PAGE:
Letters to the Editor: I was a teacher in the 1960s. My white colleagues berated nonwhite students

Two people embrace side by side while looking at a memorial
Mourners place flowers at a makeshift memorial to the Tops Friendly Market victims in Buffalo on May 18. The alleged mass killer has expressed agreement with a racist conspiracy theory.
(Kent Nishimura / Los Angeles Times)

To the editor: In his latest hard-hitting column on the racist “great replacement theory,” Gustavo Arellano mentions a junior high science teacher in Anaheim who told his primarily Latino class that they didn’t compare to his white students in the 1970s.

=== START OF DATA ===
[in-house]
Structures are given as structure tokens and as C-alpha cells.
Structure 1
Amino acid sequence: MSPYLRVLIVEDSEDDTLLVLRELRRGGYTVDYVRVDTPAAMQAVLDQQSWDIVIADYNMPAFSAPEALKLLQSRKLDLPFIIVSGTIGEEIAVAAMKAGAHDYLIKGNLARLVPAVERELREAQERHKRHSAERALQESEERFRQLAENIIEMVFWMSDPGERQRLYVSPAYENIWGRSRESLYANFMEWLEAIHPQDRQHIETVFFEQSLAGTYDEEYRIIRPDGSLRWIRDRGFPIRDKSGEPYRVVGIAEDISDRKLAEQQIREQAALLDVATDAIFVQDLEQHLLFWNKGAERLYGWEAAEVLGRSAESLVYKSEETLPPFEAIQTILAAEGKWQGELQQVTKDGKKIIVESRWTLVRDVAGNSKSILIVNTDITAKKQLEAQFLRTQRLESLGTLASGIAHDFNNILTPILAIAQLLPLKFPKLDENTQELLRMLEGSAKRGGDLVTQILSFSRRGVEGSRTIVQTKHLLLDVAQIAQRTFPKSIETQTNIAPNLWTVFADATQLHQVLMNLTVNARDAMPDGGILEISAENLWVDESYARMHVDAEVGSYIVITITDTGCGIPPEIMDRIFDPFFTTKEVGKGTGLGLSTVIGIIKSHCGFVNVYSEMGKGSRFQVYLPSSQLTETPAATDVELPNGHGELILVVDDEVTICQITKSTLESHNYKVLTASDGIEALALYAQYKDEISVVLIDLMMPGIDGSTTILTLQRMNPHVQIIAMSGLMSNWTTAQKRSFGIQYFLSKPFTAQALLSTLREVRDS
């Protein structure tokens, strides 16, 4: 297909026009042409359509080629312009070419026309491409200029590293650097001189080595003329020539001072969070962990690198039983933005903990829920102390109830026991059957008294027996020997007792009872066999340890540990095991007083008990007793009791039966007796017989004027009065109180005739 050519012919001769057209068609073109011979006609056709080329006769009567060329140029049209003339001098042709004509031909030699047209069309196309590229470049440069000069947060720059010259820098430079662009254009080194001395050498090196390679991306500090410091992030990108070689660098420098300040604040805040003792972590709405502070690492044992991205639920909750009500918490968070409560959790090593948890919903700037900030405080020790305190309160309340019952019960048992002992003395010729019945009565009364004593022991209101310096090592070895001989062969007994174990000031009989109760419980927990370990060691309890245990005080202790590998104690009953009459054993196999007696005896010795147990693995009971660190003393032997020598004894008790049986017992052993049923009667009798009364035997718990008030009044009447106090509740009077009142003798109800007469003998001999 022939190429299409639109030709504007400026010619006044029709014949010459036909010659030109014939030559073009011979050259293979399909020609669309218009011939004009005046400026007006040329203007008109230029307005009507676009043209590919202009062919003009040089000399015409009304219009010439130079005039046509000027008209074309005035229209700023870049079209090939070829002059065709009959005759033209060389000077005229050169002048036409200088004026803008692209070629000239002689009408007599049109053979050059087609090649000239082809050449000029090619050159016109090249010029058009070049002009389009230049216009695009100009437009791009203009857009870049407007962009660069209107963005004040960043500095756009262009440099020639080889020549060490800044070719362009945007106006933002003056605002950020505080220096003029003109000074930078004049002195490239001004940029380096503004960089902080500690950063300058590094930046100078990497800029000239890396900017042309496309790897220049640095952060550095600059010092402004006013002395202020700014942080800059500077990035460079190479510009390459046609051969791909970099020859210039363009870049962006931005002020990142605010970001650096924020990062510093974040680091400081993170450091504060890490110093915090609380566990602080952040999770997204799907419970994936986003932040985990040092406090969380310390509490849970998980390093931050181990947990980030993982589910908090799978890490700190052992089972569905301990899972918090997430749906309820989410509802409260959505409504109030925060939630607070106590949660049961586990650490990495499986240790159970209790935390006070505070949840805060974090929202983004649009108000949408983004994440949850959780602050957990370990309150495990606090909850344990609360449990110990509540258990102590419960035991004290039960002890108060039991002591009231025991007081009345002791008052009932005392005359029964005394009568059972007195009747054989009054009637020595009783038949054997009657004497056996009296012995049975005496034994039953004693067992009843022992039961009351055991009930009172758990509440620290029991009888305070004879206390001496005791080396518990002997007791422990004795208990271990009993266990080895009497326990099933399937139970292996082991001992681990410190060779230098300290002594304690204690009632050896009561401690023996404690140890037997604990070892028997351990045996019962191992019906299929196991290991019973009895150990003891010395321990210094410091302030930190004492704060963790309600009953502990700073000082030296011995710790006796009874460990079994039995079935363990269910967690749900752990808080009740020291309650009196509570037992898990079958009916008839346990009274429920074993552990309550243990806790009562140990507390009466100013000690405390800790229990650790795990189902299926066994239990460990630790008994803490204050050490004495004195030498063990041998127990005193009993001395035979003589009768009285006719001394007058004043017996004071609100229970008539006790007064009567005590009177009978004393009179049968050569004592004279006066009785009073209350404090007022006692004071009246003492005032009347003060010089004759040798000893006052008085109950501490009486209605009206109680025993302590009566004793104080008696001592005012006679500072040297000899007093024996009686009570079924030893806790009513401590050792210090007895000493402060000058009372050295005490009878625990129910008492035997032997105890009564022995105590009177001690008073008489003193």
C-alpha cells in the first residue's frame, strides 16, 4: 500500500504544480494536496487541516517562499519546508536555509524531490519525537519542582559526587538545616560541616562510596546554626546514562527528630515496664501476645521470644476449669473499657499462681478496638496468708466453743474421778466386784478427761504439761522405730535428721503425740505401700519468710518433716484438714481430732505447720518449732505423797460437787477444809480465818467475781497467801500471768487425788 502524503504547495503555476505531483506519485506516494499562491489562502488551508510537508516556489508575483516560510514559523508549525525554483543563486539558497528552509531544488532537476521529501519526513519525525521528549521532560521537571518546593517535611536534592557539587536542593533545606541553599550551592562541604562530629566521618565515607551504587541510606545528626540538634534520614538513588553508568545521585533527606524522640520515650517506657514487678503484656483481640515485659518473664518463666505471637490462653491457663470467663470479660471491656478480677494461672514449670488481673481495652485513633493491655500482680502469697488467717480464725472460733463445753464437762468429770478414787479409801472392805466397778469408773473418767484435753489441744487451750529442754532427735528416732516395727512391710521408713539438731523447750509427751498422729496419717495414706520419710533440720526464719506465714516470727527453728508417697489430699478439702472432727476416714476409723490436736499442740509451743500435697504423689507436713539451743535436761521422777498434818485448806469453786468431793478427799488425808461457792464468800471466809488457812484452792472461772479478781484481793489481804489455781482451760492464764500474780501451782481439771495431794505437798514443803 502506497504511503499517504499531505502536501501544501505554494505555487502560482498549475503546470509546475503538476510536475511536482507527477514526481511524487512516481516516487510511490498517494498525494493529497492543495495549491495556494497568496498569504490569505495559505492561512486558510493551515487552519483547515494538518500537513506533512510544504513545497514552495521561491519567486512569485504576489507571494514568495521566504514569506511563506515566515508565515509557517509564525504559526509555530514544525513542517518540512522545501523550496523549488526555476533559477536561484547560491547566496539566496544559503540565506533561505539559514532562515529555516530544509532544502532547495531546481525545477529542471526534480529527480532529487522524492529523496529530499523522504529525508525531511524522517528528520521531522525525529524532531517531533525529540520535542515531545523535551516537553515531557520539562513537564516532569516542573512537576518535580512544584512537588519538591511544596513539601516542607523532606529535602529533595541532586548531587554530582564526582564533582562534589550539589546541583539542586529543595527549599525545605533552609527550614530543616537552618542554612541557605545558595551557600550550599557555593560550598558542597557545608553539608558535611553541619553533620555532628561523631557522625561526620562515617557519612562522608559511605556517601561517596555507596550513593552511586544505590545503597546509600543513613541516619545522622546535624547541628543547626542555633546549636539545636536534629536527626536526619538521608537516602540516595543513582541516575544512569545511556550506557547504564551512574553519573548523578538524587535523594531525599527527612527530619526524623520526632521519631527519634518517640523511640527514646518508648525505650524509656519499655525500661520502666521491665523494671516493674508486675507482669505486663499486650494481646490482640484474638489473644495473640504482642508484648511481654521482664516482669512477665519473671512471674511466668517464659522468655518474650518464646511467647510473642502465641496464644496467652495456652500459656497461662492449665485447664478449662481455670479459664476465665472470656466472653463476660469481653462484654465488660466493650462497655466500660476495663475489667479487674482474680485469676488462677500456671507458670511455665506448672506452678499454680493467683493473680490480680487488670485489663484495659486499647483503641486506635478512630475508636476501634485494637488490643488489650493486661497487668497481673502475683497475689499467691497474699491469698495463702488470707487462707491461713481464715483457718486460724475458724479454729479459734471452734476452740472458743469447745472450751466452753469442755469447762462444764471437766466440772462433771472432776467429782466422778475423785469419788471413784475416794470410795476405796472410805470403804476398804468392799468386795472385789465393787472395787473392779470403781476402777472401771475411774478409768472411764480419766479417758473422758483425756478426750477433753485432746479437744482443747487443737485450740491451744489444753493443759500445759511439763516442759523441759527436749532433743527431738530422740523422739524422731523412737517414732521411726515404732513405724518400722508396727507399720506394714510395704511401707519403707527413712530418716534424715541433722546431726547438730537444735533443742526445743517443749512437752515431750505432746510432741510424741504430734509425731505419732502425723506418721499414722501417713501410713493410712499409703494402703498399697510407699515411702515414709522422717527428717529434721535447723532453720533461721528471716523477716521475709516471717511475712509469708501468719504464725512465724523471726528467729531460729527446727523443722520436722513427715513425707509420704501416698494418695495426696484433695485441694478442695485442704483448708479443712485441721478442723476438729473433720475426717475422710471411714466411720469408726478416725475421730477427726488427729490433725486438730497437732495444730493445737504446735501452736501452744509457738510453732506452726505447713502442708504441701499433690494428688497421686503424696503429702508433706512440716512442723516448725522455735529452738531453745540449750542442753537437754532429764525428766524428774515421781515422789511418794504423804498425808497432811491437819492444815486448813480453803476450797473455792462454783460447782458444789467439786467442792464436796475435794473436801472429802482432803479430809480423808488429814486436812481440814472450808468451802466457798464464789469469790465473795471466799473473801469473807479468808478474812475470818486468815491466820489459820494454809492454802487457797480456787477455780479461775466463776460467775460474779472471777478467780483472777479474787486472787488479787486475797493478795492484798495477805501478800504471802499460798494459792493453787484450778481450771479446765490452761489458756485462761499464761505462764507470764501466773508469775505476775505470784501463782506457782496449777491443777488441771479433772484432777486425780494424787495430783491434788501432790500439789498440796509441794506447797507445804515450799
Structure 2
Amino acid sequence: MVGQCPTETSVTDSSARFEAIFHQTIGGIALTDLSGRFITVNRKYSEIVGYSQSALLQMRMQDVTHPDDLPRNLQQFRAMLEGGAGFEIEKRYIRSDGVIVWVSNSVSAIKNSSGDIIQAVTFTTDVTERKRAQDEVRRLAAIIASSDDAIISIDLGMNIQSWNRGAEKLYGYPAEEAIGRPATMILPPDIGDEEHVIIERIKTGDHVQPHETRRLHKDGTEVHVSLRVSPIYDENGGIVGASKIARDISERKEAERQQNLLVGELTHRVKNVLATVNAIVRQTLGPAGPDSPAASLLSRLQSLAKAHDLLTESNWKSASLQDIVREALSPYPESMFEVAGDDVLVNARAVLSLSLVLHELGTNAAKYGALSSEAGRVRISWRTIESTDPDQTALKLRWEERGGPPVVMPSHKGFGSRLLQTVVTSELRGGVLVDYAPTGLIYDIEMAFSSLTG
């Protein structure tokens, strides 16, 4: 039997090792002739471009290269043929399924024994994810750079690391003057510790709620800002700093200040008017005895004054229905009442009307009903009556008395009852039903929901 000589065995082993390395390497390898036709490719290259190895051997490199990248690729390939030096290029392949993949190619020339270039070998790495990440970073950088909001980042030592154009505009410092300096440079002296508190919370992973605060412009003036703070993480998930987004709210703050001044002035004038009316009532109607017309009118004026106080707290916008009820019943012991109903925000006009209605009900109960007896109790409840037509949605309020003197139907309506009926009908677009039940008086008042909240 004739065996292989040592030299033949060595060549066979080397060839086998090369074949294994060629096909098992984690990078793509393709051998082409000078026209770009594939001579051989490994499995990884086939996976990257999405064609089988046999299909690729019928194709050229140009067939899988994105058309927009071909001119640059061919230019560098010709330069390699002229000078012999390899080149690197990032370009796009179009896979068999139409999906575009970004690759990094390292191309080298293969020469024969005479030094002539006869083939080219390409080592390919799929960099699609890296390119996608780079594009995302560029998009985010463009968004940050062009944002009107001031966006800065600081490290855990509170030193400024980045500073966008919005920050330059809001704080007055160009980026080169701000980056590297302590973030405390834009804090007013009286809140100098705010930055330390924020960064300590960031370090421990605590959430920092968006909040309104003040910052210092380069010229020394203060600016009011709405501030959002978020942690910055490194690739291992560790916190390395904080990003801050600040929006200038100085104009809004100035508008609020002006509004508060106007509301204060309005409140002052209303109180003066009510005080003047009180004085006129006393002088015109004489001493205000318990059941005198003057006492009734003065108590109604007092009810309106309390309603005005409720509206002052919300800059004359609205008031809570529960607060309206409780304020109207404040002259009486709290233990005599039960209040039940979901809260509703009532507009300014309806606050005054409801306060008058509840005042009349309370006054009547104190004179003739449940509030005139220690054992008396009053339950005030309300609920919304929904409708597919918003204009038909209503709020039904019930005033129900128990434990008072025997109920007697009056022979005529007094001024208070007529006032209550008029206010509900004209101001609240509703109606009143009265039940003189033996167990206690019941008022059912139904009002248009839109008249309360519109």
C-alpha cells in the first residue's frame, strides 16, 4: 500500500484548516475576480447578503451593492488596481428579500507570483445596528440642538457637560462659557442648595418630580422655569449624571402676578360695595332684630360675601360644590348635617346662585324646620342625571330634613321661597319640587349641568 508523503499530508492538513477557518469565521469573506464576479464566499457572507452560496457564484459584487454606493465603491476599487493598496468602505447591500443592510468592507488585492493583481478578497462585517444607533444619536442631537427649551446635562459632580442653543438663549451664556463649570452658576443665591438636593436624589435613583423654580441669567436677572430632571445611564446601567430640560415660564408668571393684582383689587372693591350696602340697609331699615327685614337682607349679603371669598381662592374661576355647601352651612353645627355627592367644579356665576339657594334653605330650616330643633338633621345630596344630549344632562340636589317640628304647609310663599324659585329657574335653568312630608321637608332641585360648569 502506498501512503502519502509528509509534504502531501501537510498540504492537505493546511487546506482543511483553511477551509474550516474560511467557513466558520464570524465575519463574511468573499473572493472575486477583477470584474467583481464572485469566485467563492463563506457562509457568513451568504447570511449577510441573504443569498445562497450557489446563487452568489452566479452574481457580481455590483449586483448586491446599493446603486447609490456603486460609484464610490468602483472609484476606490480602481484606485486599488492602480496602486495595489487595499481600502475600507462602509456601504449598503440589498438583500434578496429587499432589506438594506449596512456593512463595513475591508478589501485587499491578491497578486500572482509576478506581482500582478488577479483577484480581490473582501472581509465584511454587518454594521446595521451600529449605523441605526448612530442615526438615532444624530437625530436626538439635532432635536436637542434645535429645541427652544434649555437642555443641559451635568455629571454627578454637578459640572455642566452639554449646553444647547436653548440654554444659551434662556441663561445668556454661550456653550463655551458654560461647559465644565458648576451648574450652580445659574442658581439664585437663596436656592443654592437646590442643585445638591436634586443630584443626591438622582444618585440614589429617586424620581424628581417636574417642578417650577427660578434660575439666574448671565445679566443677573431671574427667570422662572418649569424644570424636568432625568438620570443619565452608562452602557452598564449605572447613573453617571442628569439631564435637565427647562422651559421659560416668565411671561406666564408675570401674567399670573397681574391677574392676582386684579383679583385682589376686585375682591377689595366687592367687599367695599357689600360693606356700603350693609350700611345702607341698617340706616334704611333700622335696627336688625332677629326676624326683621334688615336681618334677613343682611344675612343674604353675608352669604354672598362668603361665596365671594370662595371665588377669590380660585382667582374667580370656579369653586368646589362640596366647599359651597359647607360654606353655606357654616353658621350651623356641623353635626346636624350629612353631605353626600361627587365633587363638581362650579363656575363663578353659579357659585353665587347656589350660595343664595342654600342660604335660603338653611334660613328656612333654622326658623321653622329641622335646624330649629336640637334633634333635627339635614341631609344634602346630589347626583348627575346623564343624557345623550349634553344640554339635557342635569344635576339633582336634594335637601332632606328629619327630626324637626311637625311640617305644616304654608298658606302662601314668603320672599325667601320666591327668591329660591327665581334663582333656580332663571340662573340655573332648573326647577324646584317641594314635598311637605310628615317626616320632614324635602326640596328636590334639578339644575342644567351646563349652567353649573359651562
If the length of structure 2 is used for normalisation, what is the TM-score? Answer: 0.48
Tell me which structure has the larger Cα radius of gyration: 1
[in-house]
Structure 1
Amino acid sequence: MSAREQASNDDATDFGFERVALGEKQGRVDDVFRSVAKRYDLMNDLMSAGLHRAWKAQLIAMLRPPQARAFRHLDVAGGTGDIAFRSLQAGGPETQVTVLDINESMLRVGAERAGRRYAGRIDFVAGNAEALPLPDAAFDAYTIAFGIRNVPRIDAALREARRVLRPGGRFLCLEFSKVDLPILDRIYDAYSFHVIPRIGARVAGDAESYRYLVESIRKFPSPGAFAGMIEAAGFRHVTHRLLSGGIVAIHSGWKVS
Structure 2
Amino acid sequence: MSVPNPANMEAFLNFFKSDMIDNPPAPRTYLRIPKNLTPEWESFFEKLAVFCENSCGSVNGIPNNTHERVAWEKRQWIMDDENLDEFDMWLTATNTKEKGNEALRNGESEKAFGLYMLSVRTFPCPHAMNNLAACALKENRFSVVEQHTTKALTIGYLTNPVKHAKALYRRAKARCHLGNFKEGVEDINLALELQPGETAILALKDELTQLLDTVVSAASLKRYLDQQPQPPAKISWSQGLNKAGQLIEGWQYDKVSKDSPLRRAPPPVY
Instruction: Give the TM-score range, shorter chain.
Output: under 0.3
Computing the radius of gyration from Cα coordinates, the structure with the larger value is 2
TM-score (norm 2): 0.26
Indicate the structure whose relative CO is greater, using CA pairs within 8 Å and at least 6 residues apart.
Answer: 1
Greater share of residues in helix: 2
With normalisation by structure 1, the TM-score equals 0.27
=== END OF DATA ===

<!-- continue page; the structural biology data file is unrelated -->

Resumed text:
In the spring of 1968, I was a teacher in training at a public high school in Hartford, Conn. I was shocked my first day in the teacher’s lunch room as I overheard the older white teachers berating the intellectual capacity of their mostly Black and Puerto Rican students. The teachers were comparing their minority students to the white students who had formerly populated the school.

I disagreed with their analysis of the students’ learning abilities. I found the students to be sharp, analytical, curious and hungry for knowledge.


It was my introduction, as a 21-year-old, to blatant racism within the American school system.

Bob Lentz, Sylmar


To the editor: For all the folks who believe in replacement theory, consider this: Unless you are 100% Native American, someone in your family came to the U.S. as an immigrant or refugee.

Get a grip, people. This is the story of the United States.

My maternal great-grandparents came from Ireland and Germany. These groups were discriminated against when they arrived. We don’t need to continue that practice.

Cathy Gregory, Lompoc